WorldView-4 set to launch after months long delay
After nearly two months of delays, United Launch Alliance (ULA) is once again gearing up to fly an Atlas V rocket with DigitalGlobe’s WorldView-4 satellite. The 15-minute launch window is scheduled to open at 10:30 a.m. PST (1:30 p.m. EST / 18:30 GMT) Nov. 11 at Vandenberg Air Force Base in California.
Weather is expected to cooperate for Friday’s launch with an estimated 100 percent chance of acceptable conditions at the planned time of liftoff. Flying in the 401 configuration, the rocket will have no strap-on solid rocket motors and will have a 13-foot (4-meter) wide fairing encapsulating the WorldView-4 satellite.
The mission was originally aiming to get off the ground back on Sept. 16. However, 30 minutes before launch, a small hydrogen leak was detected on ground-side equipment. ULA CEO Tory Bruno said on Twitter that ice had formed around an umbilical.
This was the first time in four years – some 30 launches – that a launch of an Atlas V rocket was scrubbed for technical reasons. The plan was to launch two days later after the problem was understood and resolved.
Nature had other plans.
On Sept. 17, a wildfire began burning on South Base, not far from Space Launch Complex 3E, where the Atlas V was poised to launch. This necessitated an indefinite delay to allow firefighters to remain in the area to put out the blaze.
After nearly a week of effort, the fire was finally contained, but not before it consumed more than 12,500 acres (5,058 hectares). It was the largest wildfire in Vandenberg’s history. No launch facilities were harmed, including nearby Space Launch Complex 4E, where SpaceX launches Falcon 9 rockets on polar-orbit missions. However, some power and communications infrastructure required a number of weeks to repair. What sparked the fire is still under investigation.
More recently, another week-long slip occurred this to ensure the launch readiness of the Atlas V.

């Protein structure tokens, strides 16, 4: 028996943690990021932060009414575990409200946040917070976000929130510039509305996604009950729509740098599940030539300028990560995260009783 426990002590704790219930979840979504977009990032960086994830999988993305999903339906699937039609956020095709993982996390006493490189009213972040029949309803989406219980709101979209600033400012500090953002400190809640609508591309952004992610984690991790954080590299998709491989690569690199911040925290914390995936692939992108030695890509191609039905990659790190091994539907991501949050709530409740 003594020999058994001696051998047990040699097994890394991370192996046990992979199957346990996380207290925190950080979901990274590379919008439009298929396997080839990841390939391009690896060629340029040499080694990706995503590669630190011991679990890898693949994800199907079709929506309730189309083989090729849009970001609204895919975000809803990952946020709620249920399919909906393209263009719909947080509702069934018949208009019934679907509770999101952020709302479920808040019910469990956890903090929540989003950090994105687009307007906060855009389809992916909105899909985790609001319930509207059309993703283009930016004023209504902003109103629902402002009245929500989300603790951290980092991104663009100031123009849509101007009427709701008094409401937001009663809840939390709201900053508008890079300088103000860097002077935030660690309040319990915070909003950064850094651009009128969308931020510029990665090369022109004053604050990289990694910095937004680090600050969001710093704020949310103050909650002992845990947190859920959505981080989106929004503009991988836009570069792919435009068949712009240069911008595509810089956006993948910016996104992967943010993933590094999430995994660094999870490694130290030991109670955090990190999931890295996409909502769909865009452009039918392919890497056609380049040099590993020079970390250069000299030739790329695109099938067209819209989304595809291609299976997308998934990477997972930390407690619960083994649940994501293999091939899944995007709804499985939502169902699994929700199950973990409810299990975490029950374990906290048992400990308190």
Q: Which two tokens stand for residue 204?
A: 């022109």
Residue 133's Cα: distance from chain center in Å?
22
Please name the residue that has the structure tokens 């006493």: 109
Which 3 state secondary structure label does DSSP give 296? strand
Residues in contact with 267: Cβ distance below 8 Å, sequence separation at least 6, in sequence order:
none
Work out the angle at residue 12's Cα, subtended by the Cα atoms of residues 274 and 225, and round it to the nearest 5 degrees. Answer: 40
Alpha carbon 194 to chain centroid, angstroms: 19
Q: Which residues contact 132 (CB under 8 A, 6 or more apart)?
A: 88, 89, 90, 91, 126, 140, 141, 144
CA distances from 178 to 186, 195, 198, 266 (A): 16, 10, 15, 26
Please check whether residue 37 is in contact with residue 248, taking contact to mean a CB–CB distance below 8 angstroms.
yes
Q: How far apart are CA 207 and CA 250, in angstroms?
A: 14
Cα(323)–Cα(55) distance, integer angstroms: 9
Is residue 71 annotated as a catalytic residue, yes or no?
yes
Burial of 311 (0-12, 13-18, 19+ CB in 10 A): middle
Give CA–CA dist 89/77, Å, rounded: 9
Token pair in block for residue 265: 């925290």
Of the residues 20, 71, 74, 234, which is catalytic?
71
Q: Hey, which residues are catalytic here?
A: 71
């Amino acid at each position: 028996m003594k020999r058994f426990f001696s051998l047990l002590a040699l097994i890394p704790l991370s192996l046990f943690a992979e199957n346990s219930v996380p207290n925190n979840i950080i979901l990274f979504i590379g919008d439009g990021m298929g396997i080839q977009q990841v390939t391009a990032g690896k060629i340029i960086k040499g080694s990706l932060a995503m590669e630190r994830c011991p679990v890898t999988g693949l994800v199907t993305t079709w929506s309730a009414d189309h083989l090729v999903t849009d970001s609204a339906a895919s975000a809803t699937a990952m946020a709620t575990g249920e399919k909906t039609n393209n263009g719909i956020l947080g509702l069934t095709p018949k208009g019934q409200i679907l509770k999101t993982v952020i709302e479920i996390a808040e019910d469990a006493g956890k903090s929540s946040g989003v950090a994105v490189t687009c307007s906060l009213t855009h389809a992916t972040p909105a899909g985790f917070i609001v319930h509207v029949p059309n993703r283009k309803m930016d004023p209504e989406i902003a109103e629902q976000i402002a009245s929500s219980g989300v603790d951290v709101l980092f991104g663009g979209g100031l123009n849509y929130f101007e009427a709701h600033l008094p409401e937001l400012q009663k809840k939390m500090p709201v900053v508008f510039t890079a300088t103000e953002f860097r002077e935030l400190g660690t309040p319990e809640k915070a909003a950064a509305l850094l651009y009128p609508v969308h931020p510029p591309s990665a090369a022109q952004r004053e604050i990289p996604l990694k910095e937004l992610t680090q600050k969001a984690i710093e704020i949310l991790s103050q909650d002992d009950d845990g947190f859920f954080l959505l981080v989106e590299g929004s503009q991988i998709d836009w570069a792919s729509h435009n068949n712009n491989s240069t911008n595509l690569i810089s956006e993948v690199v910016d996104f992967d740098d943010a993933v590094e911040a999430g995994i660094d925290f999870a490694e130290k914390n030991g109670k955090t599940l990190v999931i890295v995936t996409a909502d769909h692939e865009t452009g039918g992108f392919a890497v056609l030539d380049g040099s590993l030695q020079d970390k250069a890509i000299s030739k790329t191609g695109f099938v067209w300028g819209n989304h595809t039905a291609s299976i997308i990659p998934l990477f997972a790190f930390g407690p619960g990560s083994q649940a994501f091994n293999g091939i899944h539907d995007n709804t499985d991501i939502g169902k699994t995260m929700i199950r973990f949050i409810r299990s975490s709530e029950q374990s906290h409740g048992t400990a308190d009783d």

WorldView-4 is a commercial Earth observation satellite. The spacecraft weighs 5,479 pounds (2,485 kilograms) and is 26 ft × 17 ft (7.9 m × 5.3 m). Its primary instrument is the GeoEye Imaging System-2, a 3.6-foot (1.1-meter) diameter telescope and will have a maximum resolution of about 12 inches (31 centimeters) – among the highest commercially available.
The WorldView-4 satellite will be placed in a Sun-synchronous orbit at an altitude of 383 miles (617 kilometers). Its 97-minute orbit will have a repeat interval of 3 days.
Having an estimated 7-year lifespan, WorldView-4 will join the growing DigitalGlobe constellation, which currently includes WorldView-1, GeoEye-1, WorldView-2, and WorldView-3.
The launch will be the ninth of 2016 for ULA and 112th since the founding of the company in 2006. It will also be the 65th launch of an Atlas V since the rocket started flying in 2002 and the 15th with a commercial payload.
Derek Richardson has a degree in mass media, with an emphasis in contemporary journalism, from Washburn University in Topeka, Kansas. While at Washburn, he was the managing editor of the student run newspaper, the Washburn Review. He also has a blog about the International Space Station, called Orbital Velocity. He met with members of the SpaceFlight Insider team during the flight of a United Launch Alliance Atlas V 551 rocket with the MUOS-4 satellite. Richardson joined our team shortly thereafter. His passion for space ignited when he watched Space Shuttle Discovery launch into space Oct. 29, 1998. Today, this fervor has accelerated toward orbit and shows no signs of slowing down. After dabbling in math and engineering courses in college, he soon realized his true calling was communicating to others about space. Since joining SpaceFlight Insider in 2015, Richardson has worked to increase the quality of our content, eventually becoming our managing editor.